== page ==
Women of the Republics
Nghia M. Vo
         From 1954 onward with the birth of the Republic of Vietnam and under the leadership of Ngo Dinh Diem, southern women embarked onto a new, free, and capitalist life modeled on western customs. They were given free education and basic freedoms that consolidated their standings and gains in society: from 1954 to 1960, five thousand elementary and secondary schools were built raising the national total from 1,780 to 6,774. These gains, however, were dampened by the rapidly growing war against the communists and its accompanying inflation and misery. As the war progressed and as men left for the army, women filled in the vacant positions and emerged as the breadwinners of the families. Familial and social responsibilities gradually shifted toward women.

         We will review in this chapter the southern republican society, businesswomen, women writers, Mme Ngo Dinh Nhu, a house divided, social changes and the effects of the arrival of the Americans.

         Southern capitalist society

         The north-south or Anti-communist War for the South Vietnamese (1954-1975)-also known as the Vietnam War by the Americans or the American War by the North Vietnamese-that decimated the country thrust women into new roles previously not reserved for them. Women took care of their families and businesses while their men went to war for an undetermined time. They were forced to perform many tasks by themselves including: raising and teaching their children alone, holding jobs outside home, running the family, and making other crucial decisions. The war temporarily freed them from Confucian rules and propelled them straight into the society.

         Under the First and Second Republics, the South Vietnamese Constitution gave them equal protection under the law and many went to the universities to become professionals, teachers, writers, engineers, nurses, doctors and lawyers. They proved to themselves and to the country they had the will and the brain to achieve academic goals although the burden of tradition still weighted heavily upon their shoulders. They took positions formerly reserved for men and became professionals, managers, lawyers, and some even engaged in various political and military roles. They were visible in major societal positions. They earned their shares of income while their husbands' fixed military income rapidly lost its value due to rising inflation.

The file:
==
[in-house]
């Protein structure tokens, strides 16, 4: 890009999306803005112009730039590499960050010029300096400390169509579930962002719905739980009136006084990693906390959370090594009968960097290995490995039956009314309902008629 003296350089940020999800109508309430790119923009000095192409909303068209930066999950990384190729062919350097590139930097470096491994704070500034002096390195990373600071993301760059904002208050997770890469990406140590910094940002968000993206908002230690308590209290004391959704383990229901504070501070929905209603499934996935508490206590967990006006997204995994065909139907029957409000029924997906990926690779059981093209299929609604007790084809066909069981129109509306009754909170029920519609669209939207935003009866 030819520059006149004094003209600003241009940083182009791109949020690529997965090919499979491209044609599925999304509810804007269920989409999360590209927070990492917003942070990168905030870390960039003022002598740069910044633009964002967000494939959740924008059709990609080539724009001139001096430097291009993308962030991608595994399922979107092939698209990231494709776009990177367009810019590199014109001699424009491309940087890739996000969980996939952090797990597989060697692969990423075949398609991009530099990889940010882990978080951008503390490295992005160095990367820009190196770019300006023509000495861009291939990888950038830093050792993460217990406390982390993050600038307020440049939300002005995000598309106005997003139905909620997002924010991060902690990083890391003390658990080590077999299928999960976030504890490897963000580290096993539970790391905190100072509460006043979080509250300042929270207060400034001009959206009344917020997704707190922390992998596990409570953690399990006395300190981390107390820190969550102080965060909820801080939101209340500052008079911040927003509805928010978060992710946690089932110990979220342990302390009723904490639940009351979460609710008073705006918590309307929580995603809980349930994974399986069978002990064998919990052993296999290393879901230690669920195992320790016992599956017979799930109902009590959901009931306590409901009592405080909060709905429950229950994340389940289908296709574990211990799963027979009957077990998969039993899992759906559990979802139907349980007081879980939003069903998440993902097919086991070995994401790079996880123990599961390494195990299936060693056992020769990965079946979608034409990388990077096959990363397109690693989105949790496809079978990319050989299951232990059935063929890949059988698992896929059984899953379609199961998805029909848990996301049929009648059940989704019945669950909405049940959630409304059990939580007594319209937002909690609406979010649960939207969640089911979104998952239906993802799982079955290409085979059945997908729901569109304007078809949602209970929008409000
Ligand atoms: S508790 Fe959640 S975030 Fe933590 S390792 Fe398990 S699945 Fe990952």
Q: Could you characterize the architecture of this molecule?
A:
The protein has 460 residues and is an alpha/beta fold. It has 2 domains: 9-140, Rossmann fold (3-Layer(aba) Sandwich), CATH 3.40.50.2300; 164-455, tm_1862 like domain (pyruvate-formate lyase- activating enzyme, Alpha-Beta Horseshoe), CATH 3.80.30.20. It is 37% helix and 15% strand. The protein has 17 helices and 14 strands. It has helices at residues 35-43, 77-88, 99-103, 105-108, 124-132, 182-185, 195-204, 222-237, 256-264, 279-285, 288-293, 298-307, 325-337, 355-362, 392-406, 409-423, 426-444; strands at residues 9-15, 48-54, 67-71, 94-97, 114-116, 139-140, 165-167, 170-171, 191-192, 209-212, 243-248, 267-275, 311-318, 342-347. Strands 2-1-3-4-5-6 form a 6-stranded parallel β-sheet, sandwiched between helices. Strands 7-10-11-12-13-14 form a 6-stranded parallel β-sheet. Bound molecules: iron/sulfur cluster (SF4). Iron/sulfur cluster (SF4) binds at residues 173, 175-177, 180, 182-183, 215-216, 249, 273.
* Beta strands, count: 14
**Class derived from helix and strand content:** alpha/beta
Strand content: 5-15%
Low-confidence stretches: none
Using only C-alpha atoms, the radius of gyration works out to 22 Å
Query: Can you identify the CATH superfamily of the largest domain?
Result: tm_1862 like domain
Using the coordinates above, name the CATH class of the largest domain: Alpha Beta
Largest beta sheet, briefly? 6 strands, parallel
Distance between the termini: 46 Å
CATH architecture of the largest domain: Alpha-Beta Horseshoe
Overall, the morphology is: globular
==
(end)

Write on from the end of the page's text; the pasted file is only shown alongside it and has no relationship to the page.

The arrival of half a million American soldiers dealt another blow to the Confucian society: the vast array of goods and the rapid inflow of a strong U.S. currency after 1965 destabilized the economy and worsened the inflation: 440 percent in 1969 and 900 percent in 1972. The middle class became poorer and the chasm between rich and poor widened. People had to struggle constantly to remain virtuous but poor or corrupt but rich: a university professor, despite all his training and credentials earned less in a month than a bargirl in a night. Western role models and morals sapped this oriental society at its core. Therefore, everyone including women faced the constant daily fight against the temptations of ill and easily gotten money, vice, and decadence.

        Please read the rest of the story in THE WOMEN OF VIETNAM.
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